Sunday, April 27, 2014

Remove the Powerhead on the Flying Scott

Last year I broke a bolt removing it to replace the bracket holding the spark plug wires. The result was a little water leak that I patched externally (so of) with silicon. I decided to fix it right but I need to remove the power head to get to the 3 bottom bolts of the side cover.

The Scott Service manual says:
  1. Remove the hood, then remove the screws that secure the powerhead to the adapter plate.
  2. Disconnect the Fuel Line, battery and junction box leads from the powerhead.
  3. Lift the powerhead assemble off the drive shaft.
The Flying Scott powerhead has thirteen bolts that hold it to the motor plate. Mine had two regular 3/8" hex head bolts with 11 allen head bolts. As you can see this was serviceable with the motor still hung on the transom. I used a ball end hex wrench to access the 11 allen-head bolts. The regualar bolts were removed with a 3/8" open end wrench. On the starboard side it required a socket with a cut off 3/8" drive as a mini-extension to get to the bolt. I was able to turn the square extension with the open end wrench.

The Scott Service manual should have said:
  1. Remove the hood, then remove the screws that secure the powerhead to the adapter plate.
  2. Disconnect the Fuel Line, battery and junction box leads from the powerhead.
  3. Remove the starter, solenoid, rectifier, carburators, caburator linkage, distributor, flywheel and charging system to significantly reduce the weight of the powerhead assembly.
  4. Lift the powerhead assemble off the drive shaft.
After disconnecting the battery cables, throttle cable, fuel line and electrical harness and removing the 13 bolts I removed the powerhead. It was heavy, it's not a one man job. In order to do this alone with no motor hoist, I tipped the motor to the up position and got in the back of the boat. From here I was able to lift the power head off the prop shaft. Then I sat the motor on a table with wood boxes that was the same height as the boat and then I hobbled out of the boat.

I next removed the lower cowl (just four nuts) and stuffed a rag in the lower to proceed with the degrease clean-up of 50 years of grime.

I removed the side cover of the powerhead and had two broken bolts to replace. The bolts were so soft I was able to drill the middle of the bolts and retap the hole to the original 1/4-20 size. Note the salt, compliments of the Pacific ocean. I always flush the motor after running it but salt residue remains!

After cleaning the inside and sealing up the motor. I thoroughly degreased and cleaned the motor. Then I gave it a fresh coat of red engine paint. Autozone calls this Chevrolet Orange Red.

I reassembled the motor with new stainless hardware from Lowes and gaskets from The side cover uses two gaskets, and there is one at the base of the motor where it sits on the motor plate.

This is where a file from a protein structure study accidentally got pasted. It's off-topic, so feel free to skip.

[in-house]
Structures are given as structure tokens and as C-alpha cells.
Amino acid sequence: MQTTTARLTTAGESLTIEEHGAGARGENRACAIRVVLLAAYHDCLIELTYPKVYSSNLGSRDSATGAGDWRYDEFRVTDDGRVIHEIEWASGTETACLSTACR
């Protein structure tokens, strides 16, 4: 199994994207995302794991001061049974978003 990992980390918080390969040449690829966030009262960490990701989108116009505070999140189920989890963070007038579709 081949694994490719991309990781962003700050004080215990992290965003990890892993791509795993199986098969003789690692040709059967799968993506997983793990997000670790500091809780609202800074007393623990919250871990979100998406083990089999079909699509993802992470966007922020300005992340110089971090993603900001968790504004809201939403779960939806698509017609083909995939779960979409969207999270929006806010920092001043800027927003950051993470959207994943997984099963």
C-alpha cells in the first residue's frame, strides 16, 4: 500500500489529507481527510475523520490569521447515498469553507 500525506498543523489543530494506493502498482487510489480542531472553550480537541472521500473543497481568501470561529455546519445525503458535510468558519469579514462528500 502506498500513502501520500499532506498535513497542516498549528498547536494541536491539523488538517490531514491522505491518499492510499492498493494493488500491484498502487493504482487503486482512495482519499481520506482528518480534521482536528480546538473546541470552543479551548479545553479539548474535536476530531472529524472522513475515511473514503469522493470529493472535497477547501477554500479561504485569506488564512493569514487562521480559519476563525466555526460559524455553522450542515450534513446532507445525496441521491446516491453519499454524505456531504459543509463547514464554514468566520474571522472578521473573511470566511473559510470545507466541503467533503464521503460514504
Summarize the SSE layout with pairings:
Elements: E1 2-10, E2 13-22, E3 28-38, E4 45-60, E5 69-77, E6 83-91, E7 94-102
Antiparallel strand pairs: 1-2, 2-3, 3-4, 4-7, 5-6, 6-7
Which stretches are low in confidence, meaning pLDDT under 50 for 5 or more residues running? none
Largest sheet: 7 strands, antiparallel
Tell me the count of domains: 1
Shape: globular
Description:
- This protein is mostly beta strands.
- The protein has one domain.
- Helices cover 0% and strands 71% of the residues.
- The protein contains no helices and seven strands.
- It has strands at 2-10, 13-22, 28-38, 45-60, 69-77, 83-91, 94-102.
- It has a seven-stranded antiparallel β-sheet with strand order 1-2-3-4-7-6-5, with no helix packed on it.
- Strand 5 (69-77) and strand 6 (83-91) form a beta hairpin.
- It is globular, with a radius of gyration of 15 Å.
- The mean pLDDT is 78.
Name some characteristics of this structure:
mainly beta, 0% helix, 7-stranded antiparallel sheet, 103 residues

Putting the motor back in without the accessories was much easier. Holding the motor, I stepped up on a sturdy chair and was able to easily put the motor back in place. Check out how nice and clean the lower cowl area is now!

Here's the motor with all the parts back in place and reassembled.

The side cover gaskets are sandwiched with an aluminum plate. This plate allows water to flow around the exhaust port and into the spaces cast into the walls of the motor.

If you look close you can see my modification:

For the bottom 3 bolts I cut off 3 1-1/4" long 1/4-20 bolts and red Loctited them into the case. Then I used 3 nuts with lock washers to hold on the cover. This way in the future I should be able to remove the exhaust cover without having to remove the powerhead.

1 comment:

  1. Very impressive. I've just now found your site. I'm in the process of trying to talk myself out of buying a wood boat with a non functioning Flying Scott 60hp. I'm not sure what year it it as I haven't yet gone to see it. My wife and I are both worried I'll buy it :) I've never owned a boat of any sort, let alone a vintage one with a non working motor, but I love a challenge. I'm amazed that the most recent post on your site involves dismantling the same motor I'm trying to learn about. Also thanks for the manual, that's HUGE. I'm a by the book, kind of guy. I would appreciate any and all tips about what to look for to see if the motor is anything more than an anchor. Other than seeing if it rotates, and if their is good colored oil in the bottom end, I know nothing. I have mechanical skills and am not afraid, but I lack knowledge. Please help me out.
    I can't wait to go back through your blog and read along. I'm really worried about this thing about boats being holes for money. Thanks.